"Cornerback Jalyn Armour-Davis will be in the mix for the third spot, but he was limited in minicamp as he continues to work his way back from a hip injury from last year. Damarion 'Pepe' Williams didn't participate and is also dealing with an injury. And Kyu Blue Kelly is a rookie who didn't face a lot of starters. Brandon Stephens, meanwhile, was moved to safety but could be all over the field again given his versatility. He's the most likely to start at nickelback, and Geno Stone will be a contributor again. But it wouldn't be a surprise to see the Ravens bring in a veteran to bolster the secondary, particularly at cornerback."

Ravens Who Stood Out at Minicamp

The Athletic's Jeff Zrebiec and The Baltimore Banner's Jonas Shaffer identified Ravens who distinguished themselves at minicamp. Here's a look at several names from their respective lists:

WR Nelson Agholor

"With Rashod Bateman sidelined and [Odell] Beckham ramping up slowly, Agholor took advantage of the reps with Lamar Jackson. He caught several deep passes, and he and Jackson were on the same page on a number of back-shoulder throws. The Ravens don't need Agholor to be a top option like he was at OTAs and minicamp, but if he's a weekly contributor, that would go a long way toward strengthening the receiving corps. He's off to a good start." — Zrebiec

TE Isaiah Likely

"Likely just gets open. More of an underneath option than a downfield threat in minicamp, the second-year tight end saw a lot of targets, especially with Mark Andrews' workload limited. Likely's open-field wiggle should endear him to Offensive Coordinator Todd Monken, who found creative ways to get Georgia's shifty playmakers in space over the past three years." — Shaffer

TEs Charlie Kolar and Travis Vokolek

"Kolar, a fourth-round pick last year, and Vokolek, an undrafted rookie, stood out with their size throughout minicamp. Kolar is 6 feet, 6 inches tall and 250 pounds, with some much-needed bulk added since last season, and was a reliable option over the middle. Vokolek, at 6 feet, 6 inches tall and 260 pounds, is a more plodding target, but he made the most of his opportunities. If they can prove themselves as run blockers, they'll open doors in training camp — more snaps for Kolar, and a possible roster spot for Vokolek." — Shaffer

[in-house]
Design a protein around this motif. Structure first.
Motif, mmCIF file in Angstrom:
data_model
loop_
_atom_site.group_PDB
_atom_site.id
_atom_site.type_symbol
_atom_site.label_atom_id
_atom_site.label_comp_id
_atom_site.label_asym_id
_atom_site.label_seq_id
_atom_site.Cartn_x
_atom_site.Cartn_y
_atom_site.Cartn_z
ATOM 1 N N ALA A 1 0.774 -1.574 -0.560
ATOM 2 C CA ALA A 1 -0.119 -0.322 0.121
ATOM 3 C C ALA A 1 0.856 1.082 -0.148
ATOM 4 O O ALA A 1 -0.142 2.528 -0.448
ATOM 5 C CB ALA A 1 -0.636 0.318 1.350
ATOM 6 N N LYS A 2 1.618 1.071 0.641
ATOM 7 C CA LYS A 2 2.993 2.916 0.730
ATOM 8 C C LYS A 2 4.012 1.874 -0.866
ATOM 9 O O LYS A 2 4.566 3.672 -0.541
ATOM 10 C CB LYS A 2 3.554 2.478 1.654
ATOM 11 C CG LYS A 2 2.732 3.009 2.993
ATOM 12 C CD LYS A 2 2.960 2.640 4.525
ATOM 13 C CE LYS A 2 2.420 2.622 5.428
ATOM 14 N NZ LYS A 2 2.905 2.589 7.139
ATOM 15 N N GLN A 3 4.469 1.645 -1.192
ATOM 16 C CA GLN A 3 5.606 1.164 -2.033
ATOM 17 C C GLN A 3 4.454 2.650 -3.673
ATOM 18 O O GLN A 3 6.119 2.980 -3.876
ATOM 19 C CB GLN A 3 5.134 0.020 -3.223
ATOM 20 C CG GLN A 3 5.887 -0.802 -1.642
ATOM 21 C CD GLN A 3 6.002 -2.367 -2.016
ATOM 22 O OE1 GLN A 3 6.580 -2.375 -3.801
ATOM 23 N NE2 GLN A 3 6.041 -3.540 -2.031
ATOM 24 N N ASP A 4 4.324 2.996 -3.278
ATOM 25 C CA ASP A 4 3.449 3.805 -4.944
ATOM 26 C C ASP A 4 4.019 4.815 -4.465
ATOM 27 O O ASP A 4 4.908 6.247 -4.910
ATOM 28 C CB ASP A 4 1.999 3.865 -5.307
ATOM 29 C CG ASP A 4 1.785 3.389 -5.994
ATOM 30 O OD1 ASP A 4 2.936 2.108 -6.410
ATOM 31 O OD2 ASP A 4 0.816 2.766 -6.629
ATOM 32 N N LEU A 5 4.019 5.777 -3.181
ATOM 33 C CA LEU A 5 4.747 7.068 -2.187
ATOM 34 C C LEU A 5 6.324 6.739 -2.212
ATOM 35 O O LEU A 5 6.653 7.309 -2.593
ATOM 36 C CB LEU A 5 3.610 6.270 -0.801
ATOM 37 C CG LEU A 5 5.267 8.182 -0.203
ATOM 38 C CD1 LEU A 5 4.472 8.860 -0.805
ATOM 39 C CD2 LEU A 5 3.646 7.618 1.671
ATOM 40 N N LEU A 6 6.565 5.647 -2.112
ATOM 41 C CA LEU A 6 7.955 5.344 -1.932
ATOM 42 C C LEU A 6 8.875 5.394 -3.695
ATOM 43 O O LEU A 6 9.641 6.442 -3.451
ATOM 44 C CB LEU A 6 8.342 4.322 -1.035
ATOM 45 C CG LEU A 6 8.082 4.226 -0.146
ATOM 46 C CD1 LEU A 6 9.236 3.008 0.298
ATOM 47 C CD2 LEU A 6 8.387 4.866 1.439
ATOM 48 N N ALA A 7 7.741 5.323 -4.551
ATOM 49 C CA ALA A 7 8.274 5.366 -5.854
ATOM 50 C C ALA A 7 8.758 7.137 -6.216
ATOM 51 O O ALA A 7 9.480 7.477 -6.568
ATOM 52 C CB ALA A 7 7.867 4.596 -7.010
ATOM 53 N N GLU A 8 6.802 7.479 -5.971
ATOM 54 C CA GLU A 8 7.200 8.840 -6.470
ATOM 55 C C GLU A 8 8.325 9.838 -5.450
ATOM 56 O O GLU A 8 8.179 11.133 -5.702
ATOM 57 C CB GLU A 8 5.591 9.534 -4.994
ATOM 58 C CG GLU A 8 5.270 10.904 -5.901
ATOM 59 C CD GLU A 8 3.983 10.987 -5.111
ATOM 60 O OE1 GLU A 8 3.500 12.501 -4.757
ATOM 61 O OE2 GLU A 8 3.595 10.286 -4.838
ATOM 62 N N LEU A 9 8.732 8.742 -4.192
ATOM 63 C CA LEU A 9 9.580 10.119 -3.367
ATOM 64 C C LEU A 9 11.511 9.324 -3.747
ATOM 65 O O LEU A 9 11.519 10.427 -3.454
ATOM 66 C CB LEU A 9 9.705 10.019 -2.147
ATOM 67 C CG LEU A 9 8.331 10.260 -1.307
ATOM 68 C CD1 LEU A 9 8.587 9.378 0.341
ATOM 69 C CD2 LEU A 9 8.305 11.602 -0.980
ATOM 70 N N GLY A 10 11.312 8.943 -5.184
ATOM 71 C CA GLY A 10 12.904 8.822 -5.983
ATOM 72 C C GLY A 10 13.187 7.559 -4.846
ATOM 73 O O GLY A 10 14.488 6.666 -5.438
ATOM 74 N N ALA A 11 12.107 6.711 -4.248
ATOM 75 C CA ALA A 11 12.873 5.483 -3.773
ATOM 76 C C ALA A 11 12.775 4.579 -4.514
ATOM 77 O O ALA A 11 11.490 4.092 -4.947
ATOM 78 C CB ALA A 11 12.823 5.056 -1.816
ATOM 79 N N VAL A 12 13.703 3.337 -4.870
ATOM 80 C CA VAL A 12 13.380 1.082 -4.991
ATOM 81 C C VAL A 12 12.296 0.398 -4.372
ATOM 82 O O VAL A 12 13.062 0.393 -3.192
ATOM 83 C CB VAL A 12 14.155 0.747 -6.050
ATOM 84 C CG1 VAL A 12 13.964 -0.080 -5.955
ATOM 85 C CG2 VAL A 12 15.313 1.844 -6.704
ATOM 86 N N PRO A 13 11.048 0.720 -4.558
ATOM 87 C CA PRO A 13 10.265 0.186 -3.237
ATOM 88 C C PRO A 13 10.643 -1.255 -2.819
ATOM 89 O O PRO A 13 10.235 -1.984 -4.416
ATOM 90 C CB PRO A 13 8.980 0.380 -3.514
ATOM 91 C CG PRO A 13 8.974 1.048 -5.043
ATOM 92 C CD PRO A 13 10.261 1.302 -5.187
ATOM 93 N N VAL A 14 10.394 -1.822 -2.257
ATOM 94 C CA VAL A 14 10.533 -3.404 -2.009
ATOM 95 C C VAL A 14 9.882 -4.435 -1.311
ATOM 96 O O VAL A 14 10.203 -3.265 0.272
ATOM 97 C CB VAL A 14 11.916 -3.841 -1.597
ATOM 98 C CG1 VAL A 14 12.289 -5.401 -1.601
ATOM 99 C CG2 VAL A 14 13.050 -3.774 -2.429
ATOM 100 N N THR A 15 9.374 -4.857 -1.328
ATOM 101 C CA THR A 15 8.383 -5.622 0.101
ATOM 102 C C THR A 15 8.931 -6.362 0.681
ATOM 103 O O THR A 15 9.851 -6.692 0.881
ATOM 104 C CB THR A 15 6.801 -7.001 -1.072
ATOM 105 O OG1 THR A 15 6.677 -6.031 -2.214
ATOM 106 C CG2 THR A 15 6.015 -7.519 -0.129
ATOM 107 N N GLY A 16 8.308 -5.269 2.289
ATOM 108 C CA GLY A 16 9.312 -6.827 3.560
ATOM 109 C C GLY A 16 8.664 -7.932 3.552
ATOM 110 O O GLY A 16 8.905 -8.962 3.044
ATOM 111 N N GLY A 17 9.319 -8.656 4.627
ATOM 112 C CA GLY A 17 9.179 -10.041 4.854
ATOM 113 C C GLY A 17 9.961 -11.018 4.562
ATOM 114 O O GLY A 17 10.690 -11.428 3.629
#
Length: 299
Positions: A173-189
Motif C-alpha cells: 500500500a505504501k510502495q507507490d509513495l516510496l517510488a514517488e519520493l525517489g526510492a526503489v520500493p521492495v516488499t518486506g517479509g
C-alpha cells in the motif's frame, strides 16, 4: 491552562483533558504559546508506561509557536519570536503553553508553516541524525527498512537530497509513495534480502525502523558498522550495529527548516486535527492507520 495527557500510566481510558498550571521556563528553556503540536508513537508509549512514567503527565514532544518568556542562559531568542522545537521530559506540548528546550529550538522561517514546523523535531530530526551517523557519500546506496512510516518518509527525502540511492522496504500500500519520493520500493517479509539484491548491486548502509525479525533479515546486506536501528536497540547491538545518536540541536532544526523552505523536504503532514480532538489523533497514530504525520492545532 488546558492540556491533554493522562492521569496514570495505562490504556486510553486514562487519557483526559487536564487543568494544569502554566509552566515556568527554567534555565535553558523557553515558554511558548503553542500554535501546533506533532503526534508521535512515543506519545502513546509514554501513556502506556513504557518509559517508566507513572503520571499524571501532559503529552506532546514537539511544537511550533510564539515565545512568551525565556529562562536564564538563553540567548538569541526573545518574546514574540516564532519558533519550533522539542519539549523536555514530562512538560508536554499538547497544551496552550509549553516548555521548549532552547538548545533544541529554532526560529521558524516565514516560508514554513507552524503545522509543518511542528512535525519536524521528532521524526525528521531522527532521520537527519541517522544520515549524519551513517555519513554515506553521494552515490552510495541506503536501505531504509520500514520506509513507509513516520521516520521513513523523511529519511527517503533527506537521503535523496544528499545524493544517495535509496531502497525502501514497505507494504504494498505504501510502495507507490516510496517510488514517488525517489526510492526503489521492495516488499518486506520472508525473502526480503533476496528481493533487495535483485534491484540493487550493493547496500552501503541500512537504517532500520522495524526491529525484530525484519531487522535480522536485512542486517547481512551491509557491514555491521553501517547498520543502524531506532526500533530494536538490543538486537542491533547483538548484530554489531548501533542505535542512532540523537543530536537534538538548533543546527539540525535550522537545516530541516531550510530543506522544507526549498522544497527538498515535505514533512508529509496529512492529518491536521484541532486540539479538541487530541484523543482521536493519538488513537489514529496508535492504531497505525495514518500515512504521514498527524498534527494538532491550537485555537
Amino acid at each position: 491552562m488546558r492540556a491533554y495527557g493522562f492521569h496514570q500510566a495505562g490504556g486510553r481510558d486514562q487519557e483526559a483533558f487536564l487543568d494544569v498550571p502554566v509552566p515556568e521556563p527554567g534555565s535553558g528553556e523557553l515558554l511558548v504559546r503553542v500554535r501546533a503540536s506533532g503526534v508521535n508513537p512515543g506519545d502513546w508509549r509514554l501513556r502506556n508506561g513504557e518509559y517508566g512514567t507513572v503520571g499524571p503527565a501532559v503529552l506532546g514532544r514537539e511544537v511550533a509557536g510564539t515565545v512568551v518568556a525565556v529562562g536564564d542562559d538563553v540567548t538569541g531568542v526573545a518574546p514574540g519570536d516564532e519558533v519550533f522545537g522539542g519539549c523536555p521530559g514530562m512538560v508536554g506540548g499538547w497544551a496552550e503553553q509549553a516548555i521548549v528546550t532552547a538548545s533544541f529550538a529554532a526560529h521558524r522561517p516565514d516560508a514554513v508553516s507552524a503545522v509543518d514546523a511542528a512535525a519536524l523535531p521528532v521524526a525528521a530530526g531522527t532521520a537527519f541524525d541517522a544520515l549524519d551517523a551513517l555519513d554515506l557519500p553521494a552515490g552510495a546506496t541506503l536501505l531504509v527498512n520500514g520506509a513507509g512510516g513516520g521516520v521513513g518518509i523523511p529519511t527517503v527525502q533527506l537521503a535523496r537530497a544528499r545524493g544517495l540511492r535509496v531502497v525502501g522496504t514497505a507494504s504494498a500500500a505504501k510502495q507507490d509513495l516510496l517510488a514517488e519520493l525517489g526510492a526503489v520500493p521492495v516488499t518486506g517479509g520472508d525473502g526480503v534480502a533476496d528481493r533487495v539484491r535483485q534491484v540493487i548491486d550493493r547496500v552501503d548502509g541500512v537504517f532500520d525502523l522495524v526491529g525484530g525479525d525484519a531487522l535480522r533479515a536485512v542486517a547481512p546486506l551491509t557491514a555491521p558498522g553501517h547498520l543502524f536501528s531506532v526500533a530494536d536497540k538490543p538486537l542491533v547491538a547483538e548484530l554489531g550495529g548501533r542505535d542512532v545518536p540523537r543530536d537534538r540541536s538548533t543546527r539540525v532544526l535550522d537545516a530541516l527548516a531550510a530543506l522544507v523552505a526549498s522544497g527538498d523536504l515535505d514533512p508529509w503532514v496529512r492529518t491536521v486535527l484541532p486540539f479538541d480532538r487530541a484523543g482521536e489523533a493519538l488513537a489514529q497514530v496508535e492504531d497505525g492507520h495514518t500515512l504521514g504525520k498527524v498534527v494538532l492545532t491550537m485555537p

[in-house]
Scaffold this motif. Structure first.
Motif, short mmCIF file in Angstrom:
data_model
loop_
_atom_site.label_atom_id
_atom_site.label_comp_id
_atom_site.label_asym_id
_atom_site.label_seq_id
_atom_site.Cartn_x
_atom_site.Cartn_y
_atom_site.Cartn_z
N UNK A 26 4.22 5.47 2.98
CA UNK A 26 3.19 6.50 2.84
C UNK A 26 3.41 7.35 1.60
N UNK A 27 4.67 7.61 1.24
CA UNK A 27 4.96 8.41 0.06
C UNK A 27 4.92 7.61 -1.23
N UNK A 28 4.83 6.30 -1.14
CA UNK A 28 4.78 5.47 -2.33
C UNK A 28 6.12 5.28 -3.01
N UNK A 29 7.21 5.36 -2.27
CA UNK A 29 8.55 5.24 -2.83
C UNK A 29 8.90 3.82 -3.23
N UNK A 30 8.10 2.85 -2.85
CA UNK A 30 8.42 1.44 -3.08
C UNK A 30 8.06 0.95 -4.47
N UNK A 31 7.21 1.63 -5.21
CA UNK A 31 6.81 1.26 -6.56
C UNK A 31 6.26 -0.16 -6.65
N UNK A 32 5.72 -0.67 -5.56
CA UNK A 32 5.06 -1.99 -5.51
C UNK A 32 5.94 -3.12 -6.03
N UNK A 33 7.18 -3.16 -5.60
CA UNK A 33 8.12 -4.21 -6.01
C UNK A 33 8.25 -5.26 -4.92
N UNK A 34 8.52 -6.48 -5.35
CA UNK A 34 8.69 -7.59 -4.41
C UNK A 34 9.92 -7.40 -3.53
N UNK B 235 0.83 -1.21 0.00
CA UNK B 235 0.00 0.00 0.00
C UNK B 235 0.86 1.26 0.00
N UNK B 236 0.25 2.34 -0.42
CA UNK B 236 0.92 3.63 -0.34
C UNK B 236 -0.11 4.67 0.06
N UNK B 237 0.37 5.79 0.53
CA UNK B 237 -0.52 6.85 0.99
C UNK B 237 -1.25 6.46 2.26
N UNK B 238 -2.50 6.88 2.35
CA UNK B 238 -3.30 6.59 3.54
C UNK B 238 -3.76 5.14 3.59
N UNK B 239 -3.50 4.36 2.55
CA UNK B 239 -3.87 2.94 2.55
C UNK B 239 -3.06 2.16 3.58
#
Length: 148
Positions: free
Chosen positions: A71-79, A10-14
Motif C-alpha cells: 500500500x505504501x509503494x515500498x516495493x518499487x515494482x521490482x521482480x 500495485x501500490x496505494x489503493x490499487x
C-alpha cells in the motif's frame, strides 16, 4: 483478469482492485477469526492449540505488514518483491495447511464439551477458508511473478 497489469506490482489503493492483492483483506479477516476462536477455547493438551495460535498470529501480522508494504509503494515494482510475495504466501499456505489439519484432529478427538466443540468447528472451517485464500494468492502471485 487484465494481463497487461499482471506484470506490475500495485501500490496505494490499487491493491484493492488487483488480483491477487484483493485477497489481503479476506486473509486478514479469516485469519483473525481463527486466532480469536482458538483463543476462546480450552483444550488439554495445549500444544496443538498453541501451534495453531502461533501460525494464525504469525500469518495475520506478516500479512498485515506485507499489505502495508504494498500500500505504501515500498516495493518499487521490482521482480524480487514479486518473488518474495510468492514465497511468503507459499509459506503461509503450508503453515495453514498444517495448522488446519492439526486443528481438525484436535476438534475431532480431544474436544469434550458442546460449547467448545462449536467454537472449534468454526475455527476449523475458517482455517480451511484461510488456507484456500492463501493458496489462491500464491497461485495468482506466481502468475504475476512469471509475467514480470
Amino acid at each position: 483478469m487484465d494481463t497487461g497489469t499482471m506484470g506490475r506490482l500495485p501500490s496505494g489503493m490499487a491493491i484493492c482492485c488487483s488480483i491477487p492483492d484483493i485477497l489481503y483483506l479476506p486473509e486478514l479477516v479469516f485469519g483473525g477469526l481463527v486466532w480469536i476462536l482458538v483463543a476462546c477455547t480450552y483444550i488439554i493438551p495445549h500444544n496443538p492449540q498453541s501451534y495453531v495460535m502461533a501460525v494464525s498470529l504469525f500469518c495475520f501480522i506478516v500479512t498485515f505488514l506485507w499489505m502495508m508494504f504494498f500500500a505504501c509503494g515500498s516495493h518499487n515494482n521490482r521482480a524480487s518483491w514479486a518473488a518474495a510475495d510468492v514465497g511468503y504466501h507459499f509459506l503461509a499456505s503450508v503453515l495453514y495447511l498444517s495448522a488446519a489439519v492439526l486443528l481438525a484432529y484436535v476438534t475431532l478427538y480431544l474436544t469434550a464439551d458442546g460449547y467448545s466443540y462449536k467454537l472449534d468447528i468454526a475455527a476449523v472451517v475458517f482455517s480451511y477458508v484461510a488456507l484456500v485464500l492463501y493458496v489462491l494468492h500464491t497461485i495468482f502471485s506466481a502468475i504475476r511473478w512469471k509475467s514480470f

"He's been vocal, energetic and assertive. He also hasn't been shy to hold offensive players accountable. The Ravens' offense will remain a work in progress, but it's been clear that Monken has prioritized playing at a faster pace, getting the backs involved in the passing game and executing in the red zone. The players appear to be buying into his ideas and coaching style, too, and that's the most important thing." — Zrebiec

OLBs David Ojabo and Odafe Oweh

"For different reasons, the pass rushers fell short of expectations last year. Ojabo, who appeared in just two games as a rookie, has seemingly recaptured the burst and bend that made him a first-round talent before he tore his Achilles tendon last year. Oweh, who struggled to build on a promising rookie year in 2022, entered offseason workouts looking healthier, stronger and more refined technically. Not only did the close friends flash as edge rushers in OTAs and minicamp, but they were also solid in their run fits." — Shaffer

DB Ar'Darius Washington

"With several of the young defensive backs dealing with injuries, Washington is getting a long look — and the coaching staff has to be reasonably pleased with what they've seen. Washington, who had a solid career as a safety at TCU but went undrafted because of concerns about his size (5-foot-8, 176 pounds), seemingly has a knack for being around the football. He profiles as a nickel cornerback, and that's an area where the Ravens have a need. He'll have to remain healthy this summer, which has been a struggle, but his roster chances shouldn't be dismissed." — Zrebiec

Kyle Hamilton Named a Top Candidate to Make First All-Pro Team

Kyle Hamilton has been tabbed for a breakout season in Year 2 by a number of pundits, but Heavy Sports’ Matt Lombardo took it a step further. He named Hamilton as the safety most likely to become a first-team All-Pro in 2023 for the first time in their career.

"Hamilton is as versatile as they come at safety, and aims to build on a prolific rookie season, that was capped by him leading the Ravens' defense with nine tackles in a wild-card loss to the Cincinnati Bengals," Lombardo wrote. "Not only does Hamilton thrive in coverage, where he played both deep safety and in the slot while holding opposing receivers to only 9.9 yards per reception, but he's a real weapon up near the line of scrimmage. Hamilton's two sacks and 20 run-stops underscore his value at all levels of the Ravens' defense."

Lombardo could have just as easily named Hamilton's teammate, Marcus Williams, as the safety most likely to make his first first-team All-Pro team this season. Surprisingly, the talented Williams, who has 19 interceptions in six seasons, has never even made it to the Pro Bowl.